‘Barbados has future in film’
Commission for visual media to be established
Barbados is looking to establish a Film and Digital Media Commission.
This was revealed last night by Minister of Culture Stephen Lashley, at the launch of the Barbados Film and Video Association’s (BFVA) Barbados Visual Media Festival.
He told those gathered at Church Village Green, The City that such a body would be critical to the sustained development of the film industry in the country.
“The commission will, among other things, assist in generating employment opportunities for film personnel on the island; promote Barbados as a viable foreign film-making destination and facilitate foreign productions; train local industry professionals, through apprenticeships; contribute to the promotion of Barbadian culture through audio visual productions; and assist in bringing significant foreign exchange to the island,” Lashley said.
“Our aim is to develop our film industry into one of high quality and one where demand can be stimulated.”
Lashley noted that the sector was already making an impact on the island’s economic development, with a number of companies and individuals, both public and private, creating saleable products ranging from television commercials and documentaries to the more commercially-viable event and training videos, music videos and, more recently, full-length features.
“The development of a vibrant local film industry has the potential to become a major engine of growth in the Barbados economy, for it is widely recognized that globally, the film industry has been resilient even in times of recession. Our aim therefore is to develop a film industry of high quality, where demand can be stimulated,” the minister said.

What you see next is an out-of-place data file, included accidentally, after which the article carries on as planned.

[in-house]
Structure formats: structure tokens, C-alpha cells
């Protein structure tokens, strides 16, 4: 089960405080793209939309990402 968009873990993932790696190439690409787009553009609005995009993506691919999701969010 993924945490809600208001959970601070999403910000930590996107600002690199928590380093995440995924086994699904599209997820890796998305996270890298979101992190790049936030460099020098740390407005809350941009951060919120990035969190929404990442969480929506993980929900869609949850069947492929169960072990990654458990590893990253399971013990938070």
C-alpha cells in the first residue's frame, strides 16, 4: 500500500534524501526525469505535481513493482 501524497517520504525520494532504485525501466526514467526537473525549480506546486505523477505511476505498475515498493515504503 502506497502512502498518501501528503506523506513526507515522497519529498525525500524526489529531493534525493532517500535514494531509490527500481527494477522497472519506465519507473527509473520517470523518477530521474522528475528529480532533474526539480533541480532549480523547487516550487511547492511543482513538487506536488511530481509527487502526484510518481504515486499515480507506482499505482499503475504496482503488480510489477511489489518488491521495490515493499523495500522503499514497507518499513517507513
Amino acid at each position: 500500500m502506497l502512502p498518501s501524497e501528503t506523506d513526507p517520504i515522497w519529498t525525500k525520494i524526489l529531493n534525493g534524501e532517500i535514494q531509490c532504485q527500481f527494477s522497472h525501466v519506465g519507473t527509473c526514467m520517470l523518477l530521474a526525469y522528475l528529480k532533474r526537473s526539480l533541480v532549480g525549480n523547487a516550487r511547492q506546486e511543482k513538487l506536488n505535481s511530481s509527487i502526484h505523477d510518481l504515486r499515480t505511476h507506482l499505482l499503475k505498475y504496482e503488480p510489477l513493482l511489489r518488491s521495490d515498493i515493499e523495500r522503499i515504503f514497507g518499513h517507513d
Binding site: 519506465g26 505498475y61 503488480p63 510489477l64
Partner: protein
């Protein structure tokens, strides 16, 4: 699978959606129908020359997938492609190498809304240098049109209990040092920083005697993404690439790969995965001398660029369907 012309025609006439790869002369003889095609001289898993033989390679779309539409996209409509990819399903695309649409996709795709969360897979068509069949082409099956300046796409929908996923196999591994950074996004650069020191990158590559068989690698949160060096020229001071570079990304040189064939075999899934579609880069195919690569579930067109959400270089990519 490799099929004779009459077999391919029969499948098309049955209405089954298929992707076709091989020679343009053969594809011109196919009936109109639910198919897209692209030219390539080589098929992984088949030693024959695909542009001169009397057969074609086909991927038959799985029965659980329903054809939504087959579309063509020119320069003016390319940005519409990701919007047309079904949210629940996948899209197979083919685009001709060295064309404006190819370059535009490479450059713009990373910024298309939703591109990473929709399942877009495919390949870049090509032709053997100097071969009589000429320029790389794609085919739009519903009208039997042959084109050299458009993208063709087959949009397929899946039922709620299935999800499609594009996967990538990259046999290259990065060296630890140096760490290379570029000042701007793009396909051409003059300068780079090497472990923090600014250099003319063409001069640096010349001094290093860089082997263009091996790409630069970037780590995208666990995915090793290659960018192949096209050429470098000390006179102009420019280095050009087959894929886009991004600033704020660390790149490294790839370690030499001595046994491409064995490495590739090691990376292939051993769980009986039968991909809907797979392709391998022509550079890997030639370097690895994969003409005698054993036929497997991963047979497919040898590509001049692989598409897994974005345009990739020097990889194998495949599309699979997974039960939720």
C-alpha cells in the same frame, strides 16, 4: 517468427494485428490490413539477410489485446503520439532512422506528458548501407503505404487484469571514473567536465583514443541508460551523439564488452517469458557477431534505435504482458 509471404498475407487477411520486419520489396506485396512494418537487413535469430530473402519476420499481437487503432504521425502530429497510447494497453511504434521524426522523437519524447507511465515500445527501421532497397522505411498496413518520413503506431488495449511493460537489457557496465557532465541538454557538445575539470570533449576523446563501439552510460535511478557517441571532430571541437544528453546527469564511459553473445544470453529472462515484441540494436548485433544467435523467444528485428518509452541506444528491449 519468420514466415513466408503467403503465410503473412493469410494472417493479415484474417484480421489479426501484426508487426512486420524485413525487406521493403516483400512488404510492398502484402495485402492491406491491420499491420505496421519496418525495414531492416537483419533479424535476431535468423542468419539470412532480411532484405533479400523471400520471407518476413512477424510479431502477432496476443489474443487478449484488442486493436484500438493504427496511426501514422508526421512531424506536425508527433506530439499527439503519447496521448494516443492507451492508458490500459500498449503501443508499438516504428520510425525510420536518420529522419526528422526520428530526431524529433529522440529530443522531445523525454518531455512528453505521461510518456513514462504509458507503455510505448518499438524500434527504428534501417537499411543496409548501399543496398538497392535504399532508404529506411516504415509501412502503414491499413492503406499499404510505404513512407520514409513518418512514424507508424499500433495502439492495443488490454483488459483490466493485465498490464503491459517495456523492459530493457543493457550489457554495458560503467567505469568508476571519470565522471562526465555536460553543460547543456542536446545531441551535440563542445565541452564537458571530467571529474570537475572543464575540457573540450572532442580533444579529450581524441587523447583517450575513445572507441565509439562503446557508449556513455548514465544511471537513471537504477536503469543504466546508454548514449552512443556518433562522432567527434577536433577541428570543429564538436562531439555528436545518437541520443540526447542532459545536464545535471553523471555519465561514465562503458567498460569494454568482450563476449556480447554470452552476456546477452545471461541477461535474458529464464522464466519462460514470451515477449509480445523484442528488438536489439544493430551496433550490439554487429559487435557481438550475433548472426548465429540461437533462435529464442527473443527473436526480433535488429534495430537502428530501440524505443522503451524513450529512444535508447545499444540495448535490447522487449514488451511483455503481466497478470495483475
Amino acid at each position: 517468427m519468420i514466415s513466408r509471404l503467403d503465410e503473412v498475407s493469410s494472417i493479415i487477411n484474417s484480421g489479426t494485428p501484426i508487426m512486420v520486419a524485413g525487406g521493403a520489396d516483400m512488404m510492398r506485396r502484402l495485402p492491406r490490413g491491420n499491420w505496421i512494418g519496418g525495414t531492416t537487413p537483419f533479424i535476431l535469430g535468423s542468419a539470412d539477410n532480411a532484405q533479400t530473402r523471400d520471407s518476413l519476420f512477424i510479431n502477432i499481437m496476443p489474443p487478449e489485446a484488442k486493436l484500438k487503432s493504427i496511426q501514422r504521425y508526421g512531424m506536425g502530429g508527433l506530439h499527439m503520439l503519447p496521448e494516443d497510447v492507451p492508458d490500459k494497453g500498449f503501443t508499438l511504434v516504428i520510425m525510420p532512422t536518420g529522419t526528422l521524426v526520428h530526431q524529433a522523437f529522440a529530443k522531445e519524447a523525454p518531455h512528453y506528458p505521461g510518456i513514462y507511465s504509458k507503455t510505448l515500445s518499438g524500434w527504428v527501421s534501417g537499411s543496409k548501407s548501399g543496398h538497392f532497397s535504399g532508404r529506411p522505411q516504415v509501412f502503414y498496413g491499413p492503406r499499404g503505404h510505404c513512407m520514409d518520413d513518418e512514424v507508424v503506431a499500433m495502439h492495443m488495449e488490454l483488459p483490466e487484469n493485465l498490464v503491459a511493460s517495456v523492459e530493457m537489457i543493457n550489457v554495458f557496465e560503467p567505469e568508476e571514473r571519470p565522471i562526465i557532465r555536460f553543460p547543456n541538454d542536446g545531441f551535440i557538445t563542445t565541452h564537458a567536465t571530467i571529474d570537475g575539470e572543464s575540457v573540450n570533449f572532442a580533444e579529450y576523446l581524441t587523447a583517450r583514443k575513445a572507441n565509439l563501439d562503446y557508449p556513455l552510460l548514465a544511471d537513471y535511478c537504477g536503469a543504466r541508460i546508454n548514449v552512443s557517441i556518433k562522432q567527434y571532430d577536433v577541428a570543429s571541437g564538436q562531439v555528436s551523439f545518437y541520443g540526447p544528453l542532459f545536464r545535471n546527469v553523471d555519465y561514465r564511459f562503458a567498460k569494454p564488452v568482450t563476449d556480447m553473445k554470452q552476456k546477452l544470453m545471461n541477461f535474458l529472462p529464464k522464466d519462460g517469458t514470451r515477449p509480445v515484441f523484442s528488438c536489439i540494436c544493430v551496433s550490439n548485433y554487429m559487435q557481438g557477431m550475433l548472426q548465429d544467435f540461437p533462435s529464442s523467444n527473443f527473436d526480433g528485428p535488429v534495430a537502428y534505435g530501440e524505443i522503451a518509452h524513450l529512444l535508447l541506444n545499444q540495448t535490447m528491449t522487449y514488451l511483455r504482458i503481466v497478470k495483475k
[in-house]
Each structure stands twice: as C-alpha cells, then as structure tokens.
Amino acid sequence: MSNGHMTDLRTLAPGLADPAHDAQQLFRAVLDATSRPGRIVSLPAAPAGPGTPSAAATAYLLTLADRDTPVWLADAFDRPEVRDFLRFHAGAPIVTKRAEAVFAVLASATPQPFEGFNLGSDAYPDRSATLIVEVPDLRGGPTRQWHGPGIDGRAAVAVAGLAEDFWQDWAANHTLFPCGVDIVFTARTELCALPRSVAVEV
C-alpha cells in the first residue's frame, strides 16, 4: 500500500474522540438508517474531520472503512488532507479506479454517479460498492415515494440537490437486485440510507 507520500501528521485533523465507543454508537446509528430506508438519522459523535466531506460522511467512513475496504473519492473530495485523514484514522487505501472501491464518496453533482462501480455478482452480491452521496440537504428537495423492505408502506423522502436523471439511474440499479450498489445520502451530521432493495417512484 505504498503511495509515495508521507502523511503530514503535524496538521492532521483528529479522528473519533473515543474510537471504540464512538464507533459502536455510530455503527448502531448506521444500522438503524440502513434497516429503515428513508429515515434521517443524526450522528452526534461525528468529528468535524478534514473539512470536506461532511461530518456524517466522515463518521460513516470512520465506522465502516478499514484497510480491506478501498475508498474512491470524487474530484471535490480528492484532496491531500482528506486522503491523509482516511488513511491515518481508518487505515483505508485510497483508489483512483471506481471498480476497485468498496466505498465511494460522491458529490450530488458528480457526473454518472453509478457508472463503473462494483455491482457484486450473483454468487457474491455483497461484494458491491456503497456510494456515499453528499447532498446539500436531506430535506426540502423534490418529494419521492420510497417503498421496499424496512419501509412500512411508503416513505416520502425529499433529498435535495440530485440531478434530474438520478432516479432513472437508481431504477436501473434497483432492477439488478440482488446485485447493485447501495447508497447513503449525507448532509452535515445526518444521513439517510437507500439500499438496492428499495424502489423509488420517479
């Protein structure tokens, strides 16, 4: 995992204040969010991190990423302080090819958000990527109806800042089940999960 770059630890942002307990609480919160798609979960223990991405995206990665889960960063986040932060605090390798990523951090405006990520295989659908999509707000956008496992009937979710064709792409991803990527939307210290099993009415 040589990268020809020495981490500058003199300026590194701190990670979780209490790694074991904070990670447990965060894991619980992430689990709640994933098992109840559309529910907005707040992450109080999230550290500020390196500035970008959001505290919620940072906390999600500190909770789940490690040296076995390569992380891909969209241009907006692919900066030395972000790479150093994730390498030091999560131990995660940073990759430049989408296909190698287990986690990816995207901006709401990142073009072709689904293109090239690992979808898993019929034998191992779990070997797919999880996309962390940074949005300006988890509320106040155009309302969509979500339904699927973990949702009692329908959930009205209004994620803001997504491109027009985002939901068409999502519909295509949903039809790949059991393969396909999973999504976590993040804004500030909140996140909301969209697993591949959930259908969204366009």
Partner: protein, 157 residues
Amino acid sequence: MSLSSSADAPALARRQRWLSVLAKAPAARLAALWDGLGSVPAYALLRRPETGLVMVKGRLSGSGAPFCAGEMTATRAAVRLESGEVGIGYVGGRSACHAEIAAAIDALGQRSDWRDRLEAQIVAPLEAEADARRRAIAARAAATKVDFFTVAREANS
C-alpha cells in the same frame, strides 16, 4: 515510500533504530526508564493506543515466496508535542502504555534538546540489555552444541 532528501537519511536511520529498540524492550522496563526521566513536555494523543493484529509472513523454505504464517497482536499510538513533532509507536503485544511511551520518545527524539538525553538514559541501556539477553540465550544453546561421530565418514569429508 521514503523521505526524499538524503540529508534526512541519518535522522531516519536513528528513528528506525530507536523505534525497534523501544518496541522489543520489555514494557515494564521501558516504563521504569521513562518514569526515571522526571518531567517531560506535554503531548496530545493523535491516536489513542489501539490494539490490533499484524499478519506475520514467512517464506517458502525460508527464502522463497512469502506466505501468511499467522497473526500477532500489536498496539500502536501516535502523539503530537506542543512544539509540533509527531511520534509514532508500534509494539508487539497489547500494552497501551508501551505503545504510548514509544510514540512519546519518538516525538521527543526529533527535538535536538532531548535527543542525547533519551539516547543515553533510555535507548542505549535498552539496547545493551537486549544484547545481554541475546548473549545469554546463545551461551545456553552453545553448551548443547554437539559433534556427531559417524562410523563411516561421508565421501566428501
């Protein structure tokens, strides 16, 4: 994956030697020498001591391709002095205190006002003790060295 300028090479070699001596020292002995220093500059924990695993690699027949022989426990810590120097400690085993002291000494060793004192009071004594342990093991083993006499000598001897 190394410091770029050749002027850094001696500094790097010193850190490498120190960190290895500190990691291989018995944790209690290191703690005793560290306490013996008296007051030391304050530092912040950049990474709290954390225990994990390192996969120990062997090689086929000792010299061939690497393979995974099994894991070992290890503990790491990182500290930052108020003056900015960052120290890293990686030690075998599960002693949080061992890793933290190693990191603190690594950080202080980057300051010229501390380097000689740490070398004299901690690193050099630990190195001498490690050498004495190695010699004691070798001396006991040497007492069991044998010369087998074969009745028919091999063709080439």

“It is for this reason that my ministry is committed to working with the [BFVA] to ensure that high standards are met. It is why the Cultural Industries Act was enacted and will soon be proclaimed in tandem with the establishment of the Cultural Industries Authority, which would be the institution responsible for administering the Act.”
Lashley said the industry stood to benefit from the incentives offered under the legislation, which also provides for the establishment of a Cultural Industries Development Fund.
He said this funding facility would be set up to assist cultural practitioners, through grants or loans, to finance the production and/or expansion of their cultural products.
However, Lashley identified the rapid changes in the technological field at the global level as a challenge for the local film industry.
“The Ministry of Culture, Sports and Youth, being very much aware of this, has made a digital media programme part of the remit of its Youth Development Programme. Indeed, many of the members of the Barbados Film and Video Association had their beginning in that programme. These students, after graduating, have the opportunity to pursue studies at the Errol Barrow Centre For Creative Imagination where they are further exposed in an accredited programme in the area of filmmaking. This cadre of persons has become part of an important pool of support personnel to persons in the filmmaking industry, both locally and overseas, or embrace film-making as their own livelihood,” he said.
Lashley added: “This development has permitted my ministry to set its sights beyond the production of local films . . . It has given us the confidence to further promote Barbados as a location of choice for filmmaking. Over the years, foreign companies have visited Barbados to engage in this activity, but it has been, for the most part, an ad hoc and informal exercise. However, to our credit, we have been the chosen location for several feature films, documentaries and commercial photo shoots for over 50 years. It is, however, critical that steps be taken to regularize this activity if Barbados is to reap the maximum benefits to be derived there from.”
“But a regulatory framework is needed to assist the process,” he added.